Cash pooling is a powerful treasury management tool. However, Canadian multi-national enterprises and foreign multi-nationals with Canadian subsidiaries (MNEs) are unable to take full advantage of this tool due to restrictive Canadian tax rules, leading to sub-optimal treasury management practices. Cash pooling arrangements have become the focus of many global tax authorities, with each taking a different approach.
The Canada Revenue Agency (CRA) has recently issued a technical interpretation relating to the application of the shareholder loan rules to cross-border cash pooling arrangements, and is significantly increasing its audit activities on these arrangements. In Canada, these arrangements could, among others, be subject to the shareholder loan rules in subsection 15(2) of the Income Tax Act (the Act), unless the arrangement qualifies for an exception to the rules.1 If any of the exceptions are not met, the Canadian entity’s intercompany receivable balances with related non-resident corporations (as part of a cash pooling arrangement) will be deemed a dividend and subject to withholding tax.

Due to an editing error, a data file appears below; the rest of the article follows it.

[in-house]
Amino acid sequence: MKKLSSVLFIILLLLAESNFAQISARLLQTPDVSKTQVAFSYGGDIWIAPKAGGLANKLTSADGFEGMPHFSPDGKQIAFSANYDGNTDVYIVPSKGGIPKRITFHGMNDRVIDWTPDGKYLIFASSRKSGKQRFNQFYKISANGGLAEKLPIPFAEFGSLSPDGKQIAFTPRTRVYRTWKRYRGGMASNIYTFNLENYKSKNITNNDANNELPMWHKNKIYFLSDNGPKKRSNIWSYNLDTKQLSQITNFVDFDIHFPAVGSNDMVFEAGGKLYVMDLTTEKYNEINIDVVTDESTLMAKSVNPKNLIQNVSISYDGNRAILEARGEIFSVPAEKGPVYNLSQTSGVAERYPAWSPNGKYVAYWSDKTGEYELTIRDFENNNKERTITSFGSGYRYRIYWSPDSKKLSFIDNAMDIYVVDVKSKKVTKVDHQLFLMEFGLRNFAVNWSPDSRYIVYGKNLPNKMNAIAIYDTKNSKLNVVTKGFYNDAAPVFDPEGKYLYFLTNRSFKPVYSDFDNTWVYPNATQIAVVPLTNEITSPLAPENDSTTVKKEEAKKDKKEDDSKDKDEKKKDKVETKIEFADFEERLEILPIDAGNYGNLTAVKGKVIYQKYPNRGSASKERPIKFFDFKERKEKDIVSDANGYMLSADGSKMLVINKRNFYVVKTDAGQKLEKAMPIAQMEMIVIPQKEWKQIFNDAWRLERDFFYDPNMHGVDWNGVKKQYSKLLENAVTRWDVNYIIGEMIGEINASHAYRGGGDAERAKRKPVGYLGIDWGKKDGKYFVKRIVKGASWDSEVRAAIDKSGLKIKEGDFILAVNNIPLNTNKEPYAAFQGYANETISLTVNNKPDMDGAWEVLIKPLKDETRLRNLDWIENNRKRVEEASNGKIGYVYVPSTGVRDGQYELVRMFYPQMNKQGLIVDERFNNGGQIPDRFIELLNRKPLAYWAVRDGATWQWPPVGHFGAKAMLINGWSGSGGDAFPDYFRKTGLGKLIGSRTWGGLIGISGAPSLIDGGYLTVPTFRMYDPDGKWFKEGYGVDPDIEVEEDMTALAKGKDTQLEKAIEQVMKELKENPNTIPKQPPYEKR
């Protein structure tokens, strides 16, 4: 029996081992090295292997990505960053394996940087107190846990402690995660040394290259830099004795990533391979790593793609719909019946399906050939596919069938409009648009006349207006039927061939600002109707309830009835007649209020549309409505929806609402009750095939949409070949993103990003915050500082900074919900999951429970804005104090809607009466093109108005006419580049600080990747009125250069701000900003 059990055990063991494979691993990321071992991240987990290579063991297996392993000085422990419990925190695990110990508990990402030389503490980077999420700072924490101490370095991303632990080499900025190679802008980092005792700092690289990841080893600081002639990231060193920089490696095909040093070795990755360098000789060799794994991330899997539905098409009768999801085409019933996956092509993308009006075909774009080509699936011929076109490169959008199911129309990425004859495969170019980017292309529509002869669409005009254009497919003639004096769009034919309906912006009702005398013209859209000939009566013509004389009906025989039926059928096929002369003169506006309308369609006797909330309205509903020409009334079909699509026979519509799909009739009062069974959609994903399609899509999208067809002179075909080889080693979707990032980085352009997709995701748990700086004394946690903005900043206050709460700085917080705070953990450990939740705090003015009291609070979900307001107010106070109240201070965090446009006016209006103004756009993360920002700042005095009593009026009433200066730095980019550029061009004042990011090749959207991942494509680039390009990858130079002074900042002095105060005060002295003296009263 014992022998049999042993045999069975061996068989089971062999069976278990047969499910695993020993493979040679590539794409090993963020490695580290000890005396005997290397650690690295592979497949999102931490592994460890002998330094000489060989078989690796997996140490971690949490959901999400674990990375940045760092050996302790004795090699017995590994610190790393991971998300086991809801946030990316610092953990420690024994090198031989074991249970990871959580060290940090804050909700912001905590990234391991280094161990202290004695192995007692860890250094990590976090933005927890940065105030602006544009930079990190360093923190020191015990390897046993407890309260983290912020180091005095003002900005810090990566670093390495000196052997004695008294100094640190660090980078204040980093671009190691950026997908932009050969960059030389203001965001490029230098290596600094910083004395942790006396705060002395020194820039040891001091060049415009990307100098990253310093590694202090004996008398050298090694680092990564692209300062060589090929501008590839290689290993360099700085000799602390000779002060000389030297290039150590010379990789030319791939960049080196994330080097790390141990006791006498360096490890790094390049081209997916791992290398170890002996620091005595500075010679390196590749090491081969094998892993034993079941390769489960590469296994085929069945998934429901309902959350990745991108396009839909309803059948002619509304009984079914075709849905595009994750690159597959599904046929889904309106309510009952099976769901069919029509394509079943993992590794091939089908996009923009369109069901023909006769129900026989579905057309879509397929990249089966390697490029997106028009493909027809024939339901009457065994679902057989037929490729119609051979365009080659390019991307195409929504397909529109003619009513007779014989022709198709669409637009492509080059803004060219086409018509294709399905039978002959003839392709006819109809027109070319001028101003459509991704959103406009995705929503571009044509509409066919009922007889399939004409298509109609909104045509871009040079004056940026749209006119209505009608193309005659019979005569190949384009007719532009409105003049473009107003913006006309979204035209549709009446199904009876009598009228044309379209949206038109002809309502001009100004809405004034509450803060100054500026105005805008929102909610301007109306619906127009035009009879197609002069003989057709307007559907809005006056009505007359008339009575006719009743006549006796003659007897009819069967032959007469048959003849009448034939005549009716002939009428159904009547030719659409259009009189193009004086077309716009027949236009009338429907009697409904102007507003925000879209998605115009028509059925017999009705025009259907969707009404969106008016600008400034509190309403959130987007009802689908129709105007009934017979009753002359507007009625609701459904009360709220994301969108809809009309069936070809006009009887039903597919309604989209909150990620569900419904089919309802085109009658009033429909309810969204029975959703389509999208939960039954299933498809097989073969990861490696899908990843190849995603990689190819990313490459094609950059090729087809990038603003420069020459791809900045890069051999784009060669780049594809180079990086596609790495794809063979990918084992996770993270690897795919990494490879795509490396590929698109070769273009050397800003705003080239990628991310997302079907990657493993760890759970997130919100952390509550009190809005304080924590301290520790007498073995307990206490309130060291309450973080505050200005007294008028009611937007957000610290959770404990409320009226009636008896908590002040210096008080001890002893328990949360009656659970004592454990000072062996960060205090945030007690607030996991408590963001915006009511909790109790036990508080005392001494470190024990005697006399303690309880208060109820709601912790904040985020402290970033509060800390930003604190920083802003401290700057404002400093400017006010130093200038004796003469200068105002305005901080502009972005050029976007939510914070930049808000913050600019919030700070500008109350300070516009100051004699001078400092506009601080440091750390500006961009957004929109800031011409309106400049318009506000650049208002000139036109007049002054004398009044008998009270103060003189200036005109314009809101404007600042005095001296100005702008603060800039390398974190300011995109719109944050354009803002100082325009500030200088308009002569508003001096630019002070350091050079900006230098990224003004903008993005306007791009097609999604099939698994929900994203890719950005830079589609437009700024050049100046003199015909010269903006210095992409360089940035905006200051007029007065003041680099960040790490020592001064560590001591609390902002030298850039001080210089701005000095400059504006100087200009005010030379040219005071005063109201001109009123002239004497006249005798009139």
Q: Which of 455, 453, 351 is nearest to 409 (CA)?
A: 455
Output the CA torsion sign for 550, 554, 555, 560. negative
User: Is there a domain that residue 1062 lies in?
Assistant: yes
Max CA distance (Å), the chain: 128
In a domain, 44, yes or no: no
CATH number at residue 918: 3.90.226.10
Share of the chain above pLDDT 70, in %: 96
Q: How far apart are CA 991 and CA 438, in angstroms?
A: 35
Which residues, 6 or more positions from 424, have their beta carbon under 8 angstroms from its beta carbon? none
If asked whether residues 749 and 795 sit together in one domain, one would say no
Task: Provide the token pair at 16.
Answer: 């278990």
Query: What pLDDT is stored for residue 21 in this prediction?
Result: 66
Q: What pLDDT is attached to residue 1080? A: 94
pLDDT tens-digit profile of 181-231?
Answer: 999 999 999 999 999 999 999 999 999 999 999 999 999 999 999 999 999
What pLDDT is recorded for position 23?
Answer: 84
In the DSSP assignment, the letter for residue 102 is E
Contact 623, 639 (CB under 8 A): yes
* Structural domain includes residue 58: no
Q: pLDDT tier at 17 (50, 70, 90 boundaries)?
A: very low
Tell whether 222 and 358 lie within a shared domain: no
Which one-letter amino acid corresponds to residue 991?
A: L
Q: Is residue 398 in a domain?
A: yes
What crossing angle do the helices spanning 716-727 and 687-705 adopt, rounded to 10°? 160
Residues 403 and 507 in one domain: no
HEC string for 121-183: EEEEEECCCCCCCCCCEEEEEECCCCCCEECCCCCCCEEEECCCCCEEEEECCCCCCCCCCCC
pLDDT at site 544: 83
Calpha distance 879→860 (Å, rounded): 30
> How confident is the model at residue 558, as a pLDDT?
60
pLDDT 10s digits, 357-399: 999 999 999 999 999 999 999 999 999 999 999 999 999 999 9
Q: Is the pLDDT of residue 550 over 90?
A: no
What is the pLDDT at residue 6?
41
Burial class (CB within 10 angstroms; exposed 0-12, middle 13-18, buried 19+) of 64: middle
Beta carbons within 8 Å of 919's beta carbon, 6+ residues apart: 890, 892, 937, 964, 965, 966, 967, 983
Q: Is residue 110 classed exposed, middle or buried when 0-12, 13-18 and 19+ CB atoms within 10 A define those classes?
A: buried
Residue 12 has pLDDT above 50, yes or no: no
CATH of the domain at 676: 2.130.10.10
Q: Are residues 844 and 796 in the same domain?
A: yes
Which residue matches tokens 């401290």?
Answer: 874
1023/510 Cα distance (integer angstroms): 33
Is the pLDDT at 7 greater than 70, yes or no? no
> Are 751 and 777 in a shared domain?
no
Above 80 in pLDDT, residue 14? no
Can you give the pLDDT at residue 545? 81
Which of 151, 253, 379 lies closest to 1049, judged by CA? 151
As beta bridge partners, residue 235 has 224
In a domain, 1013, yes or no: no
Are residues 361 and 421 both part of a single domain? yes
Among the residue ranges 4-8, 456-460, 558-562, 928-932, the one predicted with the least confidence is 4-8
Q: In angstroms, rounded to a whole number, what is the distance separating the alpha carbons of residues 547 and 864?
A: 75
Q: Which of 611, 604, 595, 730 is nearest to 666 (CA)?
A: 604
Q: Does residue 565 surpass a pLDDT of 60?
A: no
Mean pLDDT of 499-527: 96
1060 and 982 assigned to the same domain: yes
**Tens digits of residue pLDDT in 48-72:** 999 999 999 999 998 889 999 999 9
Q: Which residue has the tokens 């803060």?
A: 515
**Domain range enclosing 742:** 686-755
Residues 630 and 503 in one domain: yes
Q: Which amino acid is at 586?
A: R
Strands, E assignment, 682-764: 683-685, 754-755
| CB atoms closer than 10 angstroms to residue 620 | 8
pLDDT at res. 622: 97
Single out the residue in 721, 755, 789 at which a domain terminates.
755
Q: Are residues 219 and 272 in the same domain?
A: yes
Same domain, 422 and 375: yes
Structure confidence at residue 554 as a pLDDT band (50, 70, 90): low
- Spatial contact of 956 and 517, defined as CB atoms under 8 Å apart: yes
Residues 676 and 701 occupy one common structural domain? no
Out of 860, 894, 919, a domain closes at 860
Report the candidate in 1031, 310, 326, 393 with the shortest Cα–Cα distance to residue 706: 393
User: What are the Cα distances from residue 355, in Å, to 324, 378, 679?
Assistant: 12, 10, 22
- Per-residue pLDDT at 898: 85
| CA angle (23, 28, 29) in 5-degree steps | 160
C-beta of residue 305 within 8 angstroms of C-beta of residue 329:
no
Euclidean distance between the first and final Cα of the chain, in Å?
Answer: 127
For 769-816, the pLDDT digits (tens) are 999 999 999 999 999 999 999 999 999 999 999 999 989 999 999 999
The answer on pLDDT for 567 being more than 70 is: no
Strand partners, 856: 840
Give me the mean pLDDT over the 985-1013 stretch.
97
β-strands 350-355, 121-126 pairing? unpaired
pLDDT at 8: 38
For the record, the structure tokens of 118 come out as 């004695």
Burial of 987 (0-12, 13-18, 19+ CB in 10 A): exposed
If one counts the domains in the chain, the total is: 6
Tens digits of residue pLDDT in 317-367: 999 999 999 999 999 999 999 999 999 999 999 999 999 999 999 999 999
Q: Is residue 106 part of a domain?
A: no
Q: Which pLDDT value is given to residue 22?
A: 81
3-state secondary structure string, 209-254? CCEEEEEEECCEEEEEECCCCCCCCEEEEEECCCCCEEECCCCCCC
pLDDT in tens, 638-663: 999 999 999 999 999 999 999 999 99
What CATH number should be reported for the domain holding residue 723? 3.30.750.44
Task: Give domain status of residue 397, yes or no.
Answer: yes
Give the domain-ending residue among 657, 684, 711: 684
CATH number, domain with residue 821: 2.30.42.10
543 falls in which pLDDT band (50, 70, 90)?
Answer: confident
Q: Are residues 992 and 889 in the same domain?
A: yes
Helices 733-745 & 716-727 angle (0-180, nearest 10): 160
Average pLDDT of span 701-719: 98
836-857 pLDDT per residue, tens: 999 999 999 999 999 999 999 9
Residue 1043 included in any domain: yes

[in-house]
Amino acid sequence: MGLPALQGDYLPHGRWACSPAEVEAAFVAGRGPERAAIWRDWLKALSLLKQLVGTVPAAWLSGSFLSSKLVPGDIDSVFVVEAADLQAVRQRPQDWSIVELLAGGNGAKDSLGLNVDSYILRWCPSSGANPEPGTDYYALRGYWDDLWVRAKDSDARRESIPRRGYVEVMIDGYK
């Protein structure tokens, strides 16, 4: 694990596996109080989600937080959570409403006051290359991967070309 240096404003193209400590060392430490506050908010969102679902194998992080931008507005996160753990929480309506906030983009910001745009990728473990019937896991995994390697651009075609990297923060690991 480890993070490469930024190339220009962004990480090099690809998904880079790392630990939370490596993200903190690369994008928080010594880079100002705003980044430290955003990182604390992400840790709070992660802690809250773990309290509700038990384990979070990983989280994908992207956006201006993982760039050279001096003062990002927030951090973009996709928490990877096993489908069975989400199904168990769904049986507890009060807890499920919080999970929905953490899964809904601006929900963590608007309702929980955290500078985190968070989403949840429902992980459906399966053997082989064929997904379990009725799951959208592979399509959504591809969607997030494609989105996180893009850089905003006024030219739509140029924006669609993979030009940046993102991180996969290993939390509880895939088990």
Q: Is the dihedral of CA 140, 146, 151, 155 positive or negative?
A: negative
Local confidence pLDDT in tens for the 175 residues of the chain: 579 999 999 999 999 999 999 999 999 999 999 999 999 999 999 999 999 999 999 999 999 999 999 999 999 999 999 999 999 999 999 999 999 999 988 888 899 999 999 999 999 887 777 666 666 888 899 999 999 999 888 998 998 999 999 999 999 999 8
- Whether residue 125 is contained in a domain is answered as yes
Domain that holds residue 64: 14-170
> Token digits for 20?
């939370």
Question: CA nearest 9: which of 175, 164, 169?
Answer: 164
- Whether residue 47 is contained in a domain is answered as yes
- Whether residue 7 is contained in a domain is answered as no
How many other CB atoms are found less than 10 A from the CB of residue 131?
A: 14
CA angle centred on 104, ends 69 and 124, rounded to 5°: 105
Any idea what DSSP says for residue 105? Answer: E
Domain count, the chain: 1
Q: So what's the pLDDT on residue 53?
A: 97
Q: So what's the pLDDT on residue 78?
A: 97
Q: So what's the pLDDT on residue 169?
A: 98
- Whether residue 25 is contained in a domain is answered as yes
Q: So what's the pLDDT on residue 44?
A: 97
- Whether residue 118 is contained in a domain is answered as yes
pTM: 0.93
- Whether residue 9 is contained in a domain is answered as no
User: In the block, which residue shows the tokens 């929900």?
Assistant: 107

The attached Tax Insight addresses recent developments relating to cross-border cash pooling arrangements. It also discusses PwC’s Cross-Border Cash Pooling Coalition, a new collaborative coalition that will engage with the Department of Finance and the CRA to help find workable solutions for these arrangements in Canada.
For more information, please speak to your usual PwC adviser.